Public Transportation, or Transit, as it's more commonly known Stateside, is the integrated (hopefully) system of buses, trains, trams (or trolleys) and other multiple people movers.
The term "Public" implies that it is provided by a Public, or government, body. This fact distinguishes Public Transportation from Paratransit, which could be any of the above modes, but is provided by a private company, usually to transport their workers. Paratransit becomes important in countries where the Public Transportation system is poor, or where workers require additionally subsidised transport (such as blue collar workers in Gulf states) or work night shifts when Public Transportation is either closed, infrequent or unsafe.
Public Transportation works in different ways in different countries. And you can take that sentence in different ways too. In some countries, usually Socialist or leftward leaning countries, Public Transportation operates well (though nobody is ever satisfied). You can get where you want to, when you want to, often faster than you could in a car, and usually with a lot less fuss (ever tried to find parking in London? Good luck.)
More Capitalist or rightward leaning or developing countries usually have inferior Public Transportation systems. The simple reason for this is that Public Transportation is expensive, and its hard to justify the expense. You could probably buy yourself a nice limo or Ferrari for less than the average out-the-box double decker bus. Railway lines cost heinous nine-figure sums to build, and almost as much to maintain. Trams are the new vogue around the world. Light Rail (as they're also called) is as its name implies, lighter than a train, the vehicle is sometimes remarkably close to a bus, there is less pressure for them to run on a segregated track (in other words, they can share the roadway with cars), and they're cheaper.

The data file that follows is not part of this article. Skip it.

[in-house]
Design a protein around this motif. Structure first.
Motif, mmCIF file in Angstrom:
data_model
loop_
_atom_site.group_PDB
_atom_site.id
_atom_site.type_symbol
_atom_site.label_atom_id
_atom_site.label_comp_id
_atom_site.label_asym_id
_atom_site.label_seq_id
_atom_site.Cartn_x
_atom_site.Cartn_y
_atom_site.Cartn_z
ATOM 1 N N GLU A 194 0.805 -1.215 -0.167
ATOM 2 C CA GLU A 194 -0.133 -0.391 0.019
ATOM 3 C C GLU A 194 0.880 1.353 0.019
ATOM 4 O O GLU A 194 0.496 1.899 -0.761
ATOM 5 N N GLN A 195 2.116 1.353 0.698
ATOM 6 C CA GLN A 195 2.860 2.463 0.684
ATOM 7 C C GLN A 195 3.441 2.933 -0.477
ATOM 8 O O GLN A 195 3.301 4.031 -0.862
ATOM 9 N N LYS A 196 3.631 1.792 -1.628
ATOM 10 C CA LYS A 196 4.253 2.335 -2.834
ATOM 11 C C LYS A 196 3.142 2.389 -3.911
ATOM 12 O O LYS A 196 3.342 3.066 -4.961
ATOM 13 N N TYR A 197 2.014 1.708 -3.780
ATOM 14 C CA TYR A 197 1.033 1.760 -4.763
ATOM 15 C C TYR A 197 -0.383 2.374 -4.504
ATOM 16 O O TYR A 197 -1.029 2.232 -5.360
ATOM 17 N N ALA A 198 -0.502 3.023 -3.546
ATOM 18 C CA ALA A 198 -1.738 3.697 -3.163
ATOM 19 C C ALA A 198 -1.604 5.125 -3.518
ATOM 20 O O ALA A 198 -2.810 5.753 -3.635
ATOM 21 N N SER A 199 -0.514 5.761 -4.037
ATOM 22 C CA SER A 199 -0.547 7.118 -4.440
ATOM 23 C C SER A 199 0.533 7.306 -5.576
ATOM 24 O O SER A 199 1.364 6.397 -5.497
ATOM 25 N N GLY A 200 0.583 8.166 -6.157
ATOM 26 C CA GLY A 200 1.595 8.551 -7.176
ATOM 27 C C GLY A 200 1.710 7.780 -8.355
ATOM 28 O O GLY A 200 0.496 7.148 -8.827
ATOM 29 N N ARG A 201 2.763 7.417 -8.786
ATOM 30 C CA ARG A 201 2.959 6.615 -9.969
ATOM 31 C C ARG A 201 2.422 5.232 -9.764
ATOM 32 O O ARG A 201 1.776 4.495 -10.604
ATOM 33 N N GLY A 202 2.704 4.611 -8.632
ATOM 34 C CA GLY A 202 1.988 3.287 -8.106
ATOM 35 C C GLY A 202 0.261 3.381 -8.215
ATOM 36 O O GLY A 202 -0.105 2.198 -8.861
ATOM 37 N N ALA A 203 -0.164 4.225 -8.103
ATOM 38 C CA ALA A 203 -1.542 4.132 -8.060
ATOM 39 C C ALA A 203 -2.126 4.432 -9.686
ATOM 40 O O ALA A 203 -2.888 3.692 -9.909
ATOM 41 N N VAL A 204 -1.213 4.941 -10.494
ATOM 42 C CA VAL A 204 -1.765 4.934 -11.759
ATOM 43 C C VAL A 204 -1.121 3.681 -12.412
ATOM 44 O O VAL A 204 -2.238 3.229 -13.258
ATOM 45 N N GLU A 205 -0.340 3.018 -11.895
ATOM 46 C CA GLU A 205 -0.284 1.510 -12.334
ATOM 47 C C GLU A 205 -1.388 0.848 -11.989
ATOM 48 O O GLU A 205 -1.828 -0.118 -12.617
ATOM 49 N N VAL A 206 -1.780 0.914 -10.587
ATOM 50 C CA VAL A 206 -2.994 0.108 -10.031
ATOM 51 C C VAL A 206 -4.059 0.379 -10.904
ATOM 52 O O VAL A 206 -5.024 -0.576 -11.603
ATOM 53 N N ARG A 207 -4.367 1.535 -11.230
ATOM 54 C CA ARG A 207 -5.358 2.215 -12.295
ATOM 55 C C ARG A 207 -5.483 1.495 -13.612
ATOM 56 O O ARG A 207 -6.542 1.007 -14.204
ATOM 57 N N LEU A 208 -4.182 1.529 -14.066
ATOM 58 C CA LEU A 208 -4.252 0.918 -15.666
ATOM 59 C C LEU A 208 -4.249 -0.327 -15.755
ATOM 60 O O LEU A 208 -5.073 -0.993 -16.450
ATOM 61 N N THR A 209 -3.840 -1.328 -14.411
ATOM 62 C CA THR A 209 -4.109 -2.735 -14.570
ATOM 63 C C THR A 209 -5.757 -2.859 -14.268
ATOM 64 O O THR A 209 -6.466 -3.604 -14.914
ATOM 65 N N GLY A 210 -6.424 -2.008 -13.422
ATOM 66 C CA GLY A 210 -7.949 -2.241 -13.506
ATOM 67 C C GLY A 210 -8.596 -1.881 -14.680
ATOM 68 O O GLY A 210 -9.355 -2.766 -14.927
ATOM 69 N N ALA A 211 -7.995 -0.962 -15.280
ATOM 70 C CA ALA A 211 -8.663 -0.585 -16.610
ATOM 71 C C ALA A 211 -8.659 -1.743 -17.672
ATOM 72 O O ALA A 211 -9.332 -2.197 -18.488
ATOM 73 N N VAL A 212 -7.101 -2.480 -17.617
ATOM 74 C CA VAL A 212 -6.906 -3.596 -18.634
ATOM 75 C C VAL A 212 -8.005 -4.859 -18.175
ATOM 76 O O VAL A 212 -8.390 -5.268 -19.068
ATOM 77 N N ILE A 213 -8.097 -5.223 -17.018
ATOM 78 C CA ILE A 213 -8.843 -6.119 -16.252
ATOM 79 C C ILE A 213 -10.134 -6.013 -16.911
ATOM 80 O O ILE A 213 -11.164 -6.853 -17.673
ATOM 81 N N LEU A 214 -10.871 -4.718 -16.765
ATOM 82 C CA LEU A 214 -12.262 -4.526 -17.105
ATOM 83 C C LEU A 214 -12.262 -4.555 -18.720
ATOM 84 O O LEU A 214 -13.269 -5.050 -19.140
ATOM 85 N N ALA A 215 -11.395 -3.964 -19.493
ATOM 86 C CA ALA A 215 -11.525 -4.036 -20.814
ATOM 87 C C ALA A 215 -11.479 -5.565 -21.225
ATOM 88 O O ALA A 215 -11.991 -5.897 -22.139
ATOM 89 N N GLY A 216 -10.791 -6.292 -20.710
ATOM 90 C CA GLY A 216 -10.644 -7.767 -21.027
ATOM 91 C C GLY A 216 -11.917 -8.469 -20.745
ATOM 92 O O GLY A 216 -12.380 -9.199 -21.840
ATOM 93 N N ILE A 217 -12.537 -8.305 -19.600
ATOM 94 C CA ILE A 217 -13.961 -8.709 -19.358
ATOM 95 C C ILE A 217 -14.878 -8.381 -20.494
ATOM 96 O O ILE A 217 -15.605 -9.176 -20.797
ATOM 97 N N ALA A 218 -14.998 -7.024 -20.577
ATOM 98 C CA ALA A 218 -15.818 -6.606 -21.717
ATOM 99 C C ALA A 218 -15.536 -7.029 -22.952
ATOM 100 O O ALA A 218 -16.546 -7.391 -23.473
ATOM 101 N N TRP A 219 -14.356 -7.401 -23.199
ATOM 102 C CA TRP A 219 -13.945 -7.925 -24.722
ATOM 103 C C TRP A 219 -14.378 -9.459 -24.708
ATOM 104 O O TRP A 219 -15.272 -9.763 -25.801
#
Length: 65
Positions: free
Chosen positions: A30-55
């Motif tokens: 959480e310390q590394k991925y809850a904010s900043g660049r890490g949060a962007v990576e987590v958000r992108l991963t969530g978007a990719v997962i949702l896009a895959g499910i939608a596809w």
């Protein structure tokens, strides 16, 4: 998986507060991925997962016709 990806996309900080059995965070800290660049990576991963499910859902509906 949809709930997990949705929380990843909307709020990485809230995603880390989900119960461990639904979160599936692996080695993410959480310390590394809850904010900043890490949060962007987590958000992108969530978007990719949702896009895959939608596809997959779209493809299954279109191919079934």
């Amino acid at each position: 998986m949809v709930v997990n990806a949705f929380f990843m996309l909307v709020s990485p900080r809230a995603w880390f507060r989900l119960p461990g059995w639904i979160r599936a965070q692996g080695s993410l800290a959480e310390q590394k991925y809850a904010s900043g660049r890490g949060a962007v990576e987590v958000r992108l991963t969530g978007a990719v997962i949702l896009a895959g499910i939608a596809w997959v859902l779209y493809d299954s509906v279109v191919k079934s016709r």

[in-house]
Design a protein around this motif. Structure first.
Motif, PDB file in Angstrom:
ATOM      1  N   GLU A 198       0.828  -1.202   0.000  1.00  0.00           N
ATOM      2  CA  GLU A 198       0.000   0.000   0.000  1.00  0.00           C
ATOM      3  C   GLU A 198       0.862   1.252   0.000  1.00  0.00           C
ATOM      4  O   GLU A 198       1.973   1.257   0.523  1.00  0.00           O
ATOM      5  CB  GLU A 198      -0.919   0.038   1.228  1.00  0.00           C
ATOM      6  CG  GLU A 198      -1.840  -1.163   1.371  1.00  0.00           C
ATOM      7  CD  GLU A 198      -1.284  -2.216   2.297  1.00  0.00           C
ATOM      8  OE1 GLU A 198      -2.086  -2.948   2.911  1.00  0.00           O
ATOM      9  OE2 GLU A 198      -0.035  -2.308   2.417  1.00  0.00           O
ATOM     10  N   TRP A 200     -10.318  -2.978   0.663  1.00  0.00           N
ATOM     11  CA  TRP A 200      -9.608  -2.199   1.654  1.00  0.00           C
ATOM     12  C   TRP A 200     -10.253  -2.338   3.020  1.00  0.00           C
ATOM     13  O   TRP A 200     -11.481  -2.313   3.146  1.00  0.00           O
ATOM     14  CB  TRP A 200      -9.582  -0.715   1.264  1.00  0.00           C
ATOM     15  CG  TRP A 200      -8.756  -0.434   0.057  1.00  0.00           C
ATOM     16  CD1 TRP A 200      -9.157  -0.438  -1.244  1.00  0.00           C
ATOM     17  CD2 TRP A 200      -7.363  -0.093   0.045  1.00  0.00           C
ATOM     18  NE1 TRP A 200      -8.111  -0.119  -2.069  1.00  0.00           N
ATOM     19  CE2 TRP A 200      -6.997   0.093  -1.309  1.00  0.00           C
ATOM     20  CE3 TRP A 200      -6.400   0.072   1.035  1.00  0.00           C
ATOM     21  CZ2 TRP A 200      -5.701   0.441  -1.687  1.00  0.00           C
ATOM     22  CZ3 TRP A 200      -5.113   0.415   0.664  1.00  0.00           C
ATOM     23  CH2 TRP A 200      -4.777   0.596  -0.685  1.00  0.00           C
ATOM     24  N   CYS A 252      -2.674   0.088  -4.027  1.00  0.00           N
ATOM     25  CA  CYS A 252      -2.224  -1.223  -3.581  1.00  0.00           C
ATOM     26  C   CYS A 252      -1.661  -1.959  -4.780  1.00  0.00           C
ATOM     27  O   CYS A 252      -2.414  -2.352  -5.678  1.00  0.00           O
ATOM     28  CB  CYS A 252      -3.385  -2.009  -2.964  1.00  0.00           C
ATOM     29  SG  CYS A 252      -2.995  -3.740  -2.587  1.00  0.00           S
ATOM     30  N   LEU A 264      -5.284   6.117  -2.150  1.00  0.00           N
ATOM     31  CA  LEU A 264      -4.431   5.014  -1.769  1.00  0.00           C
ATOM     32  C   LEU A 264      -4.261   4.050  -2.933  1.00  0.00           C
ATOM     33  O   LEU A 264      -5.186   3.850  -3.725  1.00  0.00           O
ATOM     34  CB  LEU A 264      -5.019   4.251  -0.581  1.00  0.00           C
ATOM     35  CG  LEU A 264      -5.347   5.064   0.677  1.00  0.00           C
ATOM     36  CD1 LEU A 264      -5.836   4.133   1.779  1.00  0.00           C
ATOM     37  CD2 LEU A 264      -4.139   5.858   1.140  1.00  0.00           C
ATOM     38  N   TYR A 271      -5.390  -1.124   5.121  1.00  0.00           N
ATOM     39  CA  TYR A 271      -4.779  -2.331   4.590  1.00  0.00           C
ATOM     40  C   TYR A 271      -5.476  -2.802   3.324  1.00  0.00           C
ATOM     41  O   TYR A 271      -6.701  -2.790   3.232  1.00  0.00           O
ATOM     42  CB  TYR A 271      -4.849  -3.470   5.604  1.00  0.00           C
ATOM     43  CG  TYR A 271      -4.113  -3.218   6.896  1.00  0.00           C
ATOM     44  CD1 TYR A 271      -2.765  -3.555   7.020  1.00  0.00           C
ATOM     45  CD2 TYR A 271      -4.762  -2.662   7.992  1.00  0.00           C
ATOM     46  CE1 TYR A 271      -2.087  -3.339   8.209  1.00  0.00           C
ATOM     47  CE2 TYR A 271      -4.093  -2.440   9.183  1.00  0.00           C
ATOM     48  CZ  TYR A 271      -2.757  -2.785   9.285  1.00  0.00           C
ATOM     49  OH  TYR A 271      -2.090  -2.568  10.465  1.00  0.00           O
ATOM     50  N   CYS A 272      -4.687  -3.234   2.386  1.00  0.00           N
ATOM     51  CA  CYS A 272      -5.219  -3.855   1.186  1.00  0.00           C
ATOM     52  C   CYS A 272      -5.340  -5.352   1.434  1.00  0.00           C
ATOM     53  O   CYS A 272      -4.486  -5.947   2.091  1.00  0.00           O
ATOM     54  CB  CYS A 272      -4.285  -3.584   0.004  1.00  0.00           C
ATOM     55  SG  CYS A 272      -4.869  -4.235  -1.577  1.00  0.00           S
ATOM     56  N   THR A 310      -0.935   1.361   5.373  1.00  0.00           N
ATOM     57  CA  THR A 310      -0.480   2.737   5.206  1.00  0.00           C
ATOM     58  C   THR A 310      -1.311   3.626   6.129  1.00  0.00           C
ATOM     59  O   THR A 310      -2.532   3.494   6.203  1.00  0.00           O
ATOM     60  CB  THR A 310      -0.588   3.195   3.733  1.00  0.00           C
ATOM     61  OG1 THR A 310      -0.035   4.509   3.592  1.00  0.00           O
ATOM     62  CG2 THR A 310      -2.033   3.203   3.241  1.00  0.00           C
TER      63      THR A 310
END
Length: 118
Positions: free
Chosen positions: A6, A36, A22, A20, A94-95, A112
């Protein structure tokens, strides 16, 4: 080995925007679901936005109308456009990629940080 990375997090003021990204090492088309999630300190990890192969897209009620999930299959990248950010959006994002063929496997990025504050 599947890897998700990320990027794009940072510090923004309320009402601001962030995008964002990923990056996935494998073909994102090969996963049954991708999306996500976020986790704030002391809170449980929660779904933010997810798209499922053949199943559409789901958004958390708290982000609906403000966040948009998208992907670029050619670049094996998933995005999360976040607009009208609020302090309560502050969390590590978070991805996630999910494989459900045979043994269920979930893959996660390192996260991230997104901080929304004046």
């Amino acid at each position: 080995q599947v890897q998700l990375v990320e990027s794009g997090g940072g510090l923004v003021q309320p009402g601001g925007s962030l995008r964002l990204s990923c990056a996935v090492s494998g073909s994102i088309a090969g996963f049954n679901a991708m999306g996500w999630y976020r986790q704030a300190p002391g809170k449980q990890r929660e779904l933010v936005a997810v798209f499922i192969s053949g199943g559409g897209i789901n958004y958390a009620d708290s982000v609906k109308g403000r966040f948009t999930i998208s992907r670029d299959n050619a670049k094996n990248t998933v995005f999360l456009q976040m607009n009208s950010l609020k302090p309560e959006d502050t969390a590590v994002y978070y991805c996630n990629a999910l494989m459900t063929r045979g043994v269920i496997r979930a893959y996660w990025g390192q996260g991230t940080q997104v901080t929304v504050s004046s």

Government purse strings are getting tighter these days. Governments traditionally get better loan rates from banks because they can just raise taxes when they get into financial difficulty, so long as they lend internally and are not crippled by a collapsing economy and foreign exchange loans. Still, they are now loath to take the financial risks in these heady days of mass media, where mistakes are harder to cover up. What is happening in countries such as Britain nowadays, is the glorified Public Private Partnership, in which the government provides a private company with a guaranteed monopoly on the particular transit service, in exchange for the private company sticking their neck out on the financing. Of course it all blew up spectacularly in Britain in 2001/2 with the collapse of Railtrack, which resulted the then Minister for Transport, Stephen Byers' resignation.
Public Private Partnership works rather well in roads and buses, however. Every time you pay a toll, you're using a road built by private finance. They're remarkably successful and you can see why governments are eager to extend the concept to more expensive rail schemes. The stakes, however, are considerably higher, and there is a big difference in they way people perceive motoring costs versus transit costs.
In the sanctity of your own car, you feel in control. This feeling of control leads you to accept higher accident risks, tolled roads, expensive parking, congestion and pollution. You feel that by being in control of your own destiny: you have the right to choose which route you take, where you park, when you travel, your comfort whilst travelling, and so you accept levels of service you would not tolerate in a Public Transportation vehicle.
Riders on Public Transportation have a notion that the government should provide. You feel you have the right to turn up when you want to travel, and a train magically appear, with a free seat. You get irate if the bus breaks down and you're buggered if you're walking that extra 300 yards to the stop round the corner that has the quicker bus route. Buses smell, trains are infrequent, trams are often overcrowded. This is because they are expensive to run and maintain, and cost effectiveness demands that there is a group of people waiting to be picked up rather than lots of stops for few people. The heightened safety that you demand means that there must be a considerable time gap between vehicles on the railways to avoid collisions and stop delays being passed on from one service to the next.